After a month of back and forth, the city has decided to try to sell, not lease, the 11,000 square feet of retail space in the soon-to-be-completed Palm Avenue parking garage.
It will immediately begin looking for potential buyers, but will only accept bids from those who will buy all 11,000 square feet.
The City Commission went against the advice of the Community Redevelopment Agency Advisory Board, which recommended the city sell smaller chunks of the space, because that would open up the market to many more potential buyers.
Commissioners did follow the CRAAB’s recommendation, though, to sell instead of lease.
If the city leased the space for the current downtown market rate of $16 to $18 per square foot, it would take up to 23 years for the city to break even.
Commissioners could not come to a consensus last month, when city staff informed them that negotiations to lease the retail space on the garage’s ground floor had gone nowhere.
City management recommended selling that space, so it wouldn’t have to attempt to lease downtown retail space that is difficult for professional Realtors to lease right now.
“We’re not in the business of managing retail property,” said City Manager Bob Bartolotta.
Of the five city commissioners, only Terry Turner wholeheartedly agreed with that assessment.
Mayor Kelly Kirschner and Commissioner Suzanne Atwell believed that leasing the space would allow the city to retain control over what kinds of businesses reside there.
Both city staff and Kirschner said they spoke to commercial real-estate brokers who supported their arguments.
This week, The Sarasota Observer discussed the issue with four local commercial property brokers, and they all agreed that the city made the right decision to sell.
“We don’t want the city in the property-management business,” said John Harshman, of Harshman and Company Real Estate, who also sits on the CRAAB board. “Sell it and get out.”
Harshman said only professional real-estate brokers know how challenging it is to own, lease and manage retail space.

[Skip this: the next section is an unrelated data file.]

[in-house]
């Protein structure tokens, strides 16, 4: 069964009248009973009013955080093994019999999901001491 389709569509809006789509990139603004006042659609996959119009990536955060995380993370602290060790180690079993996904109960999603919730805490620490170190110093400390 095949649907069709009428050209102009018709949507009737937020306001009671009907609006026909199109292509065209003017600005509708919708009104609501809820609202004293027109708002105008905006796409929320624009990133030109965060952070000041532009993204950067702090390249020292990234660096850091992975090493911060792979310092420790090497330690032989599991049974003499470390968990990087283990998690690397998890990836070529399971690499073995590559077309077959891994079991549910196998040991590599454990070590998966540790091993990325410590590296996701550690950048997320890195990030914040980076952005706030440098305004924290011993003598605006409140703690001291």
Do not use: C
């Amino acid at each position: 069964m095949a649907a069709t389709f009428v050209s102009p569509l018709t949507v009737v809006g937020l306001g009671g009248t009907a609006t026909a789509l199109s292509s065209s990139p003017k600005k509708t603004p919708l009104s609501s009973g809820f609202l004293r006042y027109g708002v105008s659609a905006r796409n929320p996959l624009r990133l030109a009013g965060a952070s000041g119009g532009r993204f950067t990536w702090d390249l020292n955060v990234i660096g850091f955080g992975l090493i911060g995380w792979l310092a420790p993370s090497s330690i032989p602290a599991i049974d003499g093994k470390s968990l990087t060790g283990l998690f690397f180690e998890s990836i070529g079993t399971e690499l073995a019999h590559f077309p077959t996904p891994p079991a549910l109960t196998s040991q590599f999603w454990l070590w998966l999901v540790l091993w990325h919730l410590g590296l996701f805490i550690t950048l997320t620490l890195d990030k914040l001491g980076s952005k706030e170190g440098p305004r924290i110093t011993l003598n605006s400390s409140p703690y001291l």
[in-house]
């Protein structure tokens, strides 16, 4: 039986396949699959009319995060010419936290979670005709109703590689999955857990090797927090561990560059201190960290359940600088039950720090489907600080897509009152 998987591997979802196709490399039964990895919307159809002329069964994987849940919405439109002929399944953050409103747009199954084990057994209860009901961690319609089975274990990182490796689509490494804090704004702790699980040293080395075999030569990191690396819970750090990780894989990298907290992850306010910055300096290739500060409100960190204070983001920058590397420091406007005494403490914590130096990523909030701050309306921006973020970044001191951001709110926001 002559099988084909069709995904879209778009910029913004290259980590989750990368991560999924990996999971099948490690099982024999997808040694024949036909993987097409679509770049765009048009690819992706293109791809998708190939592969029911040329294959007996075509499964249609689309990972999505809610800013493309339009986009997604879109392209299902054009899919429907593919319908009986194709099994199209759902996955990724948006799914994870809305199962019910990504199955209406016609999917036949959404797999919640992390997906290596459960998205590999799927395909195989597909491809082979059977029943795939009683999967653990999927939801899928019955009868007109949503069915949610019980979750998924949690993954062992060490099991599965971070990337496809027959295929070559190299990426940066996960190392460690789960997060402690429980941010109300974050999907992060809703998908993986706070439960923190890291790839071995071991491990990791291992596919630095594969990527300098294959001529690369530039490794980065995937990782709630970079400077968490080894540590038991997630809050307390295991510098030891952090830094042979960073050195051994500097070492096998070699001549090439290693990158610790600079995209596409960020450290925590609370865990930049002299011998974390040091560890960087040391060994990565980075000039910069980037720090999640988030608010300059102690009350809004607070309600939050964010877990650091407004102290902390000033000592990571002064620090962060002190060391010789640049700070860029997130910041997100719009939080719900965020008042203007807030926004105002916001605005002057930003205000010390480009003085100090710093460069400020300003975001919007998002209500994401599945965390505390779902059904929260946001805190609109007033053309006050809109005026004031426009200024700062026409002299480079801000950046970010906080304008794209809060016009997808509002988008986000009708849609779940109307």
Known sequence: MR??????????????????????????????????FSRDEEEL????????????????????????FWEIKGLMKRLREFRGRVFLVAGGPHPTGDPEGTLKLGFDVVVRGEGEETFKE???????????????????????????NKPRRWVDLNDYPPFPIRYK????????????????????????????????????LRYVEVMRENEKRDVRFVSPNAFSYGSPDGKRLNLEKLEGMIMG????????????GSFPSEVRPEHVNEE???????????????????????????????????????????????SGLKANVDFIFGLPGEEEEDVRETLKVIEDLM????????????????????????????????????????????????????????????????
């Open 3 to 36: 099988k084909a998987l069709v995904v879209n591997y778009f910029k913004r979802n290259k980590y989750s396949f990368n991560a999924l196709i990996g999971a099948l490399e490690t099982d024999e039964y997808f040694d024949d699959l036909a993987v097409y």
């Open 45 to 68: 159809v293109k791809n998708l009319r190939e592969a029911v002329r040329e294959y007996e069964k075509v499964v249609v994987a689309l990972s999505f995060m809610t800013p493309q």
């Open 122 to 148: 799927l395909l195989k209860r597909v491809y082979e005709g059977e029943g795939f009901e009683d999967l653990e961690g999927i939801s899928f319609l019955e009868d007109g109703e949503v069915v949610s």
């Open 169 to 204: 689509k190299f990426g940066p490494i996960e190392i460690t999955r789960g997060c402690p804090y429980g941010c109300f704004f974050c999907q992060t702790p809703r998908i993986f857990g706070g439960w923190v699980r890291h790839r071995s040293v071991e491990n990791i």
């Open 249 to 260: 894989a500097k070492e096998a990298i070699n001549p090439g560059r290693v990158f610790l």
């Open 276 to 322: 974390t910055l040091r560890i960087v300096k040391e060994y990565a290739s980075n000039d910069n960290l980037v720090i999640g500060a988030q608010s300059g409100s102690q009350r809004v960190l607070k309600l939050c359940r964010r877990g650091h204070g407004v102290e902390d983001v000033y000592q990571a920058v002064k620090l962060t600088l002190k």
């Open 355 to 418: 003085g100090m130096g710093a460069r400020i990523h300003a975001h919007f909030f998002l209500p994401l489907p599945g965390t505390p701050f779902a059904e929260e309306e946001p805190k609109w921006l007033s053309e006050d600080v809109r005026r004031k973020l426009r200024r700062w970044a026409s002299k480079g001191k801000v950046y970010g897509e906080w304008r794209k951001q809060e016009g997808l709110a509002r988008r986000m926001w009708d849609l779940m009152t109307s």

Governments have a hard time doing that, he said, because their employees most likely don’t have that skill set on their resumes.
Broker Ian Black agreed that the city should sell the space.
“But it will be extremely important who they sell it to,” Black said. “If it it’s not a vibrant retail center, the garage will fail.”
Coming up with a strict list of rules and regulations is crucial, according to Black.
“Manage it like a shopping center,” he said. “The stores have to stay open until 8 or 9 p.m.”
Barry Seidel, of American Property Group, had a different stance — initially.
He believes if someone owns property, they should almost always keep it.
“When you own real estate you don’t sell it,” Seidel said. “They should lease it.”
But when informed that a buyer’s group had come forward and offered to start negotiating a sale at market value, about $2 million, Seidel changed his mind.
“That’s about $166 per square foot,” he said. “At those numbers, they’ve got to sell it.”
Six owners of successful downtown businesses, including restaurants Café Epicure, Café Americano and Mediterraneo; upscale rug retailer Art to Walk On; art galleries Dabbert Gallery and State of the Arts; and a third art gallery and antique store that wants to remain anonymous for now; were part of the buyers group.
The group told commissioners last month that it had already secured a bank loan and would be ready to open the doors on six new stores shortly after the garage opened, which is scheduled for December.
Broker Linda Emery, of Michael Saunders and Co., agreed that $166 per square foot is a good price.
“They may want to sell at that price,” she said.
Harshman said there are more considerations to take into account when selling the space instead of leasing. He suggested what commissioners declined to do — try selling the space as individual pieces, instead of as a whole.
“It gives the city a lot more flexibility,” he said. “If the city were to end up with one or two units that were vacant for six, 12 or 18 months, that’s not necessarily a bad thing.”
Downtown Sarasota has about 1 million square feet of retail and office space. Only about 8% of that is currently vacant. There are 16 vacant storefronts in the downtown area on Main Street, Palm Avenue and Lemon Avenue. (See map Page 1A.)
“The market is much tighter than most people believe,” said Harshman.
Black suggested the city hire a commercial real-estate broker and seek his advice on what to put in the retail space and how to do it.
Kirschner had the same suggestion.
Both men can look to Punta Gorda as a guide.
The Charlotte County city completed in August 2009 a downtown public parking garage with 17,000 square feet of retail space.
The city’s initial goal was to sell that space, but it did not find any buyers.
Six months before construction concluded, City Manager Howard Kunick hired a commercial real-estate broker to try to lease the space.
That process has gone slowly, but Kunick said that was not unexpected.
Currently, 10,000 square feet are still vacant — 15 months after the garage opened.
The tenants leasing the 7,000 square feet include a ceramics shop, a Subway sandwich shop and Florida Gulf Coast University.
“We knew it was going to take time,” said Kunick. “We’re encouraged by the space that we’ve leased so far.”